Resistance bands can also be used, offering a versatile means to increase tension. The core idea is to challenge muscles with greater loads, fostering strength and growth.
Endurance (ie higher volume of repetitions)
Endurance training, in contrast, adopts a higher-volume approach by focusing on increased repetitions of exercises. This entails performing more iterations of a given exercise to enhance endurance.
When under the supervision of a professional, this method involves a gradual and progressive augmentation in the number of repetitions, adjusted according to the achieved progress. Throughout this process, maintaining proper form remains integral.
Power (the speed with strength – includes things such as jumping and hopping and running at speed)
Sprinting serves as a prime illustration of a method to augment power. However, in cases like biceps femoris tendonitis, where running is advised against during recovery, alternative exercises that involve jumping become more suitable.
Exercises such as burpees, squat jumps, or kettlebell swings are great examples. These dynamic movements engage the musculature and enhance power in a manner conducive to the healing process.
biceps femoris tendinopathy: The FAQs
How do you treat biceps femoris tendinopathy?
The treatment protocol typically encompasses a range of interventions, including prescribed stretching and conditioning exercises tailored to the individual’s needs. Additionally, therapeutic approaches involve massage and tissue mobilization techniques.
Taping techniques are often employed to mitigate strain on affected areas. In cases of pain management, over-the-counter anti-inflammatory drugs like paracetamol can be utilized to alleviate discomfort.
Most important is utilising and seeking professional help, as this injury will not be alleviated on its own.
What does biceps femoris tendinopathy feel like?
The development of the injury can often be a gradual process, and can take some time to develop symptoms. Initial manifestations might include a sense of tension behind the knee, which can then escalate to more pronounced pain along the posterior and lateral aspects of the knee, or even radiate up the back of the thigh.
This discomfort tends to be exacerbated during activities which involve knee joint extension or running.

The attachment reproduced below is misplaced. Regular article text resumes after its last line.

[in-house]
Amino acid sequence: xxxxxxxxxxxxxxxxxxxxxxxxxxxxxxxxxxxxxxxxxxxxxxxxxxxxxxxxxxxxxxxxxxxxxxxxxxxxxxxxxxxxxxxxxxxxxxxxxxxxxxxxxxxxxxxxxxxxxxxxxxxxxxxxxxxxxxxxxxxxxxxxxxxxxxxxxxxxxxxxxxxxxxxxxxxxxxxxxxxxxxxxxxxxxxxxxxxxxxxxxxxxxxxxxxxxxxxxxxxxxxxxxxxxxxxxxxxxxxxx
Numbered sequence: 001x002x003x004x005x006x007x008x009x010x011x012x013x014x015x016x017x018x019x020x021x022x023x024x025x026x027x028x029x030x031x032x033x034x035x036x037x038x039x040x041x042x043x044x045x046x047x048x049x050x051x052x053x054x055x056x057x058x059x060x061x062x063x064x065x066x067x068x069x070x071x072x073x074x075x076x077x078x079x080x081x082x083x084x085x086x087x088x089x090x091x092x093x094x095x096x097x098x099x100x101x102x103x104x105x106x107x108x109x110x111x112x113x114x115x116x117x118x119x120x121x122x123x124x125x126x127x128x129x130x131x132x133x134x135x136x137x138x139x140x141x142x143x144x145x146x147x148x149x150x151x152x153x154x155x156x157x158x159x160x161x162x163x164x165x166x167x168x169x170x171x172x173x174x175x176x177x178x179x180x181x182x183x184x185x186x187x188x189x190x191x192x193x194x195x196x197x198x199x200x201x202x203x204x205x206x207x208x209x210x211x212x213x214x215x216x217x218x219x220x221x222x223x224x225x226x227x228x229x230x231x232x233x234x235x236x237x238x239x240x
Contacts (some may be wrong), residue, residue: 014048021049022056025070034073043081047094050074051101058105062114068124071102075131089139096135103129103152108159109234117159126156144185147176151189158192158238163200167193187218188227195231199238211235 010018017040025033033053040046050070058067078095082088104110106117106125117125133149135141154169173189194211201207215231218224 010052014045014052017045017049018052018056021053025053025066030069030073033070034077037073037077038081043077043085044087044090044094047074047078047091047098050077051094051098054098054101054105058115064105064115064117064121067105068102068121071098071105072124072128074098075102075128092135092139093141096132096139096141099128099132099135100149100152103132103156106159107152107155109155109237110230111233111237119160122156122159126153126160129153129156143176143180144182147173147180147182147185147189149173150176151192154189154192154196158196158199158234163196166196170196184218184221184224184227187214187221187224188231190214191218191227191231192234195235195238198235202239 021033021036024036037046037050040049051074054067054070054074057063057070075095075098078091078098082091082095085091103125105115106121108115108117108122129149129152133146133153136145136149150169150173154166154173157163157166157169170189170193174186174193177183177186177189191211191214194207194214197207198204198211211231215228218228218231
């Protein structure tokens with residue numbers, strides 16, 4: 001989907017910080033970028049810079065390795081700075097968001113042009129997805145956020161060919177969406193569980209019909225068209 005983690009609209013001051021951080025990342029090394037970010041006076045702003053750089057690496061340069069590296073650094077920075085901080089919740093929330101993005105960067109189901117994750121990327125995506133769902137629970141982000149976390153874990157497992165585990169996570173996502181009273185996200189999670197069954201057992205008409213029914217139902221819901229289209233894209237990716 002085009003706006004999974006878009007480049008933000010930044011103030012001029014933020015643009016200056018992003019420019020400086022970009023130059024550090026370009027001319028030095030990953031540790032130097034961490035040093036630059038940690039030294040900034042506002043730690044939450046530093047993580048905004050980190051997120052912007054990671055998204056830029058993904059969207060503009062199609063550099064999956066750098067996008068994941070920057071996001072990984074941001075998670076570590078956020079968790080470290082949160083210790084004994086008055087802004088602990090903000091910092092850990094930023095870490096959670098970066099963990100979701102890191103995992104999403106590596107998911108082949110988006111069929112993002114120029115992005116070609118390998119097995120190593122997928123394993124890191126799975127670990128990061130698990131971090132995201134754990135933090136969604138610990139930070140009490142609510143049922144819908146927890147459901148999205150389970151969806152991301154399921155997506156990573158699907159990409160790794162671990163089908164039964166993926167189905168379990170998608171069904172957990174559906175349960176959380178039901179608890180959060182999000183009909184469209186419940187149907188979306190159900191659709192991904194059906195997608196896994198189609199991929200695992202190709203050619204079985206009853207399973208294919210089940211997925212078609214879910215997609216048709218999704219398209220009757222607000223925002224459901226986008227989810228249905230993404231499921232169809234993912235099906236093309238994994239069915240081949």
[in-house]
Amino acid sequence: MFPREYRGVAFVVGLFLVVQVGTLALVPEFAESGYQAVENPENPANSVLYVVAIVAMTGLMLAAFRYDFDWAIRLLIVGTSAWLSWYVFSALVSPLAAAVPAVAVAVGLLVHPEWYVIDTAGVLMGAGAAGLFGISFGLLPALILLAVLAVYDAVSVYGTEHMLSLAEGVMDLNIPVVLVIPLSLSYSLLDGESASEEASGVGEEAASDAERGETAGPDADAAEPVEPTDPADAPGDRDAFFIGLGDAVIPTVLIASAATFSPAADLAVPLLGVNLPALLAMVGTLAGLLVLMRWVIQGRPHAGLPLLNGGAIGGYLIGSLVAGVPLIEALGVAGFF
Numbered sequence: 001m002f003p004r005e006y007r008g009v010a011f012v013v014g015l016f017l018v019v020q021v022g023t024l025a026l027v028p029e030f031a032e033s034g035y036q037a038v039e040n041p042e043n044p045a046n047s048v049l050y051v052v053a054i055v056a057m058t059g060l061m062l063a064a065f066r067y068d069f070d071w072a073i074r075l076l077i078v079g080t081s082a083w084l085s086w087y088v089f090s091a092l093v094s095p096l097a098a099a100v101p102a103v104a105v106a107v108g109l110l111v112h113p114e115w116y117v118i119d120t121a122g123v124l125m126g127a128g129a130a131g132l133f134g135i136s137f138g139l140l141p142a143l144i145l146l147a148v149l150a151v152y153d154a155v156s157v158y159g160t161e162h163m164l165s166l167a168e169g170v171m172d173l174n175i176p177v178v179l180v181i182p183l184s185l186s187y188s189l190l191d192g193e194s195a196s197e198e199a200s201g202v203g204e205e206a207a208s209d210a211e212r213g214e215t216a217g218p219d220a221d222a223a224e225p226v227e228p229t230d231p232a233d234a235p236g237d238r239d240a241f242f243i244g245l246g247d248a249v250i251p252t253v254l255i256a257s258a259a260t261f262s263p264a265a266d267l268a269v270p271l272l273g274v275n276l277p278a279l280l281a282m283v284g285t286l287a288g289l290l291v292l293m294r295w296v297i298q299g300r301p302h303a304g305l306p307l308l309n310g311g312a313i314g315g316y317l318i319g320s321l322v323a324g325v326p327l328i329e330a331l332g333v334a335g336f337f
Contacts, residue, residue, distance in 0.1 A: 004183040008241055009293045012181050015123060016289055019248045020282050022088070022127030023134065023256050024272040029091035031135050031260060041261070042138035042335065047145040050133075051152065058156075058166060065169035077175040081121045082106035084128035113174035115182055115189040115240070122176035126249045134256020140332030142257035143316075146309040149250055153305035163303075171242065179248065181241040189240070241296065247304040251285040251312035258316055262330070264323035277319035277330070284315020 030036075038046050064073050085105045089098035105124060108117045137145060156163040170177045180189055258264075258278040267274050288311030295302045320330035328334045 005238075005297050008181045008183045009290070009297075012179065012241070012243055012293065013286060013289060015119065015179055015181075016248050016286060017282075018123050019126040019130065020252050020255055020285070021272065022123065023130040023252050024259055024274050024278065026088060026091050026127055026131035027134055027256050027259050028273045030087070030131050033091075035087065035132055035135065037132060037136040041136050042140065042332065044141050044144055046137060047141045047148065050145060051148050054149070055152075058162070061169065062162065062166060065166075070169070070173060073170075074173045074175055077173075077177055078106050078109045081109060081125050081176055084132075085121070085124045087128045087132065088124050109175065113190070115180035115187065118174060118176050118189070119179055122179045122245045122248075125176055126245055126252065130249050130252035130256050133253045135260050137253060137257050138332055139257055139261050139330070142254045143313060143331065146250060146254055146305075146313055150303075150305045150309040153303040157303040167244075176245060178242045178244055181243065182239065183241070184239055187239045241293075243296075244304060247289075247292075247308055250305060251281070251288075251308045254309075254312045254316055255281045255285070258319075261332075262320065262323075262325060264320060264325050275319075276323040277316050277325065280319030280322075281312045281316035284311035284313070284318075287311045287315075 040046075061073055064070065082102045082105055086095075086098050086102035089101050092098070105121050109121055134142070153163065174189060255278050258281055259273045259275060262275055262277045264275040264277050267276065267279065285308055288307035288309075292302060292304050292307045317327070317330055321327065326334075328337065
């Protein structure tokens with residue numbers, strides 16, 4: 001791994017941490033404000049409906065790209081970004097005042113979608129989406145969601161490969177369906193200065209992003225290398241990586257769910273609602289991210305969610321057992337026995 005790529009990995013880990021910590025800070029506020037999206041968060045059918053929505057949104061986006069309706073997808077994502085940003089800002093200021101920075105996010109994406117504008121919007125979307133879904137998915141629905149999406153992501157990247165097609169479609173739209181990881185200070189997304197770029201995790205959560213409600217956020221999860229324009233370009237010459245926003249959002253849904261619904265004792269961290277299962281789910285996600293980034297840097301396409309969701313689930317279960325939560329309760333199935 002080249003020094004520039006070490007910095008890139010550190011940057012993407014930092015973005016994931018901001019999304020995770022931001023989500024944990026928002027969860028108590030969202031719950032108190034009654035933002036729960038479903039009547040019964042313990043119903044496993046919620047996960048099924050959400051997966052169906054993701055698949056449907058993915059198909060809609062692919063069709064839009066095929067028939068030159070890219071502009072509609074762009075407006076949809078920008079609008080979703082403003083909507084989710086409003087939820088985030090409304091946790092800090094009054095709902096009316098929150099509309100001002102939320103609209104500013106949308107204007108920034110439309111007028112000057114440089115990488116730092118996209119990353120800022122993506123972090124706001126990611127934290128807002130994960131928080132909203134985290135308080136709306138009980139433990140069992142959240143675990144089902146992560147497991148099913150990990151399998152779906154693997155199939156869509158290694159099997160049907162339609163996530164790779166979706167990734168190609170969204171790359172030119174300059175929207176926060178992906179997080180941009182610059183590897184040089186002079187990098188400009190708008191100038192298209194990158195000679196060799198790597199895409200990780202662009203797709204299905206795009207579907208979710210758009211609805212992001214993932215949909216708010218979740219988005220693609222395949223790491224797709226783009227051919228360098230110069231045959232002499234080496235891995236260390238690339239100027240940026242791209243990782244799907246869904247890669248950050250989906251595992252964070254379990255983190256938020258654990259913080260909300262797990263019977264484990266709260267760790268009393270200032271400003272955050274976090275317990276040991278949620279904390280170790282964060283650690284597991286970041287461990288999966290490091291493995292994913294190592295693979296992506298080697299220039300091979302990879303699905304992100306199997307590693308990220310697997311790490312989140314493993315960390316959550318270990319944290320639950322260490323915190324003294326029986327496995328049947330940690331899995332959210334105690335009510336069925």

How long does it take for a bicep femoris tendonitis to heal?
It can take up to 4-6 weeks to heal. During this time aggravating exercises must be ceased.
What is distal Bicep Femoris tendonitis?
Distal bicep femoris tendonitis is when the pain is confined to the knee, as the strain on the tendon has occurred on the knee end of the tendon.
How do you prevent tendinopathy when running?
Embarking on a safe and effective running routine involves a strategic sequence of steps. Begin by priming your body with a gentle warm-up, accomplished through a five to ten-minute brisk walk.
As you transition into running, opt for a gradual start, avoiding the temptation to immediately engage in extensive distances or high speeds. Instead, progressively elevate both your distance and pace over time.
Strengthening of your calf muscles can aid in minimizing tension. This can be effectively achieved through the incorporation of calf raises into your exercise regimen.
Can you still run with tendinopathy?
During the recovery phase, the optimal approach would involve a temporary halt to running. However, if the desire to continue running persists, it must be limited.
Engaging in runs that are marked by minimal to no pain is important to reduce further strain. This entails a deliberate reduction in both speed and distance to mitigate strain on the affected are.
Why am I prone to tendinopathy?
Tendinopathy can be particularly frustrating for runners and individuals engaged in repetitive activities. The very nature of running, or even actions like lifting, imposes a consistent load on tendons, resulting in strain over time.
The structural integrity of tendons can undergo compromise as collagen fibers within them start to degrade, rendering the tendon weaker. Consequently, an individual’s lifestyle plays a pivotal role in predisposition to tendinopathy.
To preempt this strain, active rest days can be incorporated into your routine. Engaging in practices such as pilates, yoga, walking, mobility exercises, dynamic stretching on these days provides a respite from repetitive use, allowing tendons to recover and repair.